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Africans in Colonial Louisiana

The Development of Afro-Creole Culture in the Eighteenth-Century

Jay Edwards

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The Afro-Bolivian Spanish Determiner Phrase

A Microparametric Account

In this important new study, Sandro Sessarego provides a syntactic description of the Afro-Bolivian Spanish determiner phrase. Afro-Bolivian Spanish is one of the many Afro-Hispanic dialects spoken across Latin America and, from a theoretical point of view, is rich in constructions that would be considered ungrammatical in standard Spanish. Yet these constructions form the core grammar of these less-prestigious, but equally efficient, syntactic systems. Because of the wide variety of their usages, Sessarego’s study of these contact varieties is particularly valuable in developing and refining theories of syntactic microvariation. This dialect presents phenomena that offer a real challenge to current linguistic theory. The Afro-Bolivian Spanish Determiner Phrase elaborates on the importance of enhancing a stronger dialogue between formal generative theory and sociolinguistic methodology, in line with recent work in the field of minimalist syntax. Sessarego’s study combines sociolinguistic techniques of data collection with generative models of data analysis to obtain more fine-grained, empirically testable generalizations.

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After Rhetoric

The Study of Discourse Beyond Language and Culture

Stephen R. Yarbrough

Aware that categorical thinking imposes restrictions on the ways we communicate, Stephen R. Yarbrough proposes discourse studies as an alternative to rhetoric and philosophy, both of which are structuralistic systems of inquiry.

Discourse studies, Yarbrough argues, does not support the idea that languages, cultures, or conceptual schemes in general adequately describe linguistic competence. He asserts that a belief in languages and cultures "feeds a false dichotomy: either we share the same codes and conventions, achieving community but risking exclusivism, or we proliferate differences, achieving choice and freedom but risking fragmentation and incoherence." Discourse studies, he demonstrates, works around this dichotomy.

Drawing on philosopher Donald Davidson, Yarbrough establishes the idea that community can be a consequence of communication but is not a prerequisite for it. By disassociating our thinking from conceptual schemes, we can avoid the problems that come with believing in an abstract structure that predates any utterance.

Yarbrough also draws on Mikhail Bakhtin's dialogism to define how utterances operate in life and to show how utterances are involved with power and how power relates to understanding. His discussion of Michel Meyer's problematology treats the questions implied by a statement as the meaning of the statement.

Yarbrough introduces readers to a credible theoretical framework for focusing on discourse rather than on conceptual schemes that surround it and to the potential advantages of our using this approach in daily life.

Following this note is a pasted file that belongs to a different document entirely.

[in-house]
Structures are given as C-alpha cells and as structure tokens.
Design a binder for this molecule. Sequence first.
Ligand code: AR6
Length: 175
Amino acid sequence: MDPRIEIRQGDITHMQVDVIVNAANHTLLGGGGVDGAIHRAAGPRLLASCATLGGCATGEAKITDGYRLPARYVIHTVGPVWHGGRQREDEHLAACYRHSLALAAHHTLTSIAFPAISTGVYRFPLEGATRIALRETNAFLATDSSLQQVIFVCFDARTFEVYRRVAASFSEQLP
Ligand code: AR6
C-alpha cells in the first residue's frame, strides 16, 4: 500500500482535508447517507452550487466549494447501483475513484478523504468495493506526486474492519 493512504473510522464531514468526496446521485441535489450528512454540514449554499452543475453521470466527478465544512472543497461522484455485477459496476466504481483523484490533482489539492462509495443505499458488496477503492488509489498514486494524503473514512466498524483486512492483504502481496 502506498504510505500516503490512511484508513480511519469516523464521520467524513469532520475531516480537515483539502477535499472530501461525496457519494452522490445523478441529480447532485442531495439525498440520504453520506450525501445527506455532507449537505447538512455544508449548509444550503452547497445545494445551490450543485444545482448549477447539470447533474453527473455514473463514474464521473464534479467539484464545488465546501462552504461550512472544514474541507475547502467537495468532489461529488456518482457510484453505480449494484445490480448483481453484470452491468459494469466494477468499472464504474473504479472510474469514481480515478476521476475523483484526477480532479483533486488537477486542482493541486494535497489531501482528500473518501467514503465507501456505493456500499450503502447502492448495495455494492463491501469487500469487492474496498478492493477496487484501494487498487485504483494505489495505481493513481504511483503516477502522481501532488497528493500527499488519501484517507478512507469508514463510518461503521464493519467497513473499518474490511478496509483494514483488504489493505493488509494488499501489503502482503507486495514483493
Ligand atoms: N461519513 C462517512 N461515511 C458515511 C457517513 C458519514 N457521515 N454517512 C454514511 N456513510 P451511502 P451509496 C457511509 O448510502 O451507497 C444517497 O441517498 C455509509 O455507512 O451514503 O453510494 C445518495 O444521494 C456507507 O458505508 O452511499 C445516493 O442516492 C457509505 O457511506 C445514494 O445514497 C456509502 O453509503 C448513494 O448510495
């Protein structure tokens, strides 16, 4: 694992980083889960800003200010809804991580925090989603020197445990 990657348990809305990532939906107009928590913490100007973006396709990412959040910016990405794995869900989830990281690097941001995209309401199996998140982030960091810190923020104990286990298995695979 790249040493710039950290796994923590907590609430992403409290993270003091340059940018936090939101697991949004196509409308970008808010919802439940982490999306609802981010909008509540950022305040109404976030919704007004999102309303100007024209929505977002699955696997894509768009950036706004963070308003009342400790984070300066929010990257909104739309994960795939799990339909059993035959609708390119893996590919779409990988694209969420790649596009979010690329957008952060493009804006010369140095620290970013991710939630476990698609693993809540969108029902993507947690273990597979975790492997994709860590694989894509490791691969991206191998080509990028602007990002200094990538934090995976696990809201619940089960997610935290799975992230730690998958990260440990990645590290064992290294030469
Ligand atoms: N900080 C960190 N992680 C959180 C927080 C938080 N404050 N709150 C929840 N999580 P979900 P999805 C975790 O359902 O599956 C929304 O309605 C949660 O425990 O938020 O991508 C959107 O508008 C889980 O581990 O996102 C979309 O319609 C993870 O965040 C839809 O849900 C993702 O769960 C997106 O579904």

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After the Genome

A Language for Our Biotechnological Future

Michael J. Hyde

Biotechnological advancements during the last half-century have forced humanity to come to grips with the possibility of a post-human future. The ever-evolving opinions about how society should anticipate this biotechnological frontier demand a language that will describe our new future and discuss its ethics. After the Genome brings together expert voices from the realms of ethics, rhetoric, religion, and science to help lead complex conversations about end-of-life care, the relationship between sin and medicine, and the protection of human rights in a post-human world. With chapters on the past and future of the science-warfare narrative, the rhetoric of care and its effect on those suffering, black rhetoric and biotechnology, planning for the end of life, regenerative medicine, and more, After the Genome yields great insight into the human condition and moves us forward toward a genuinely humane approach to who we are and who we are becoming.

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After the Public Turn

Composition, Counterpublics, and the Citizen Bricoleur

Frank Farmer

 In After the Public Turn, author Frank Farmer argues that counterpublics and the people who make counterpublics—“citizen bricoleurs”—deserve a more prominent role in our scholarship and in our classrooms. Encouraging students to understand and consider resistant or oppositional discourse is a viable route toward mature participation as citizens in a democracy. 

Farmer examines two very different kinds of publics, cultural and disciplinary, and discusses two counterpublics within those broad categories: zine discourses and certain academic discourses. By juxtaposing these two significantly different kinds of publics, Farmer suggests that each discursive world can be seen, in its own distinct way, as a counterpublic, an oppositional social formation that has a stake in widening or altering public life as we know it.

Drawing on major figures in rhetoric and cultural theory, Farmer builds his argument about composition teaching and its relation to the public sphere, leading to a more sophisticated understanding of public life and a deeper sense of what democratic citizenship means for our time.

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Against the Grain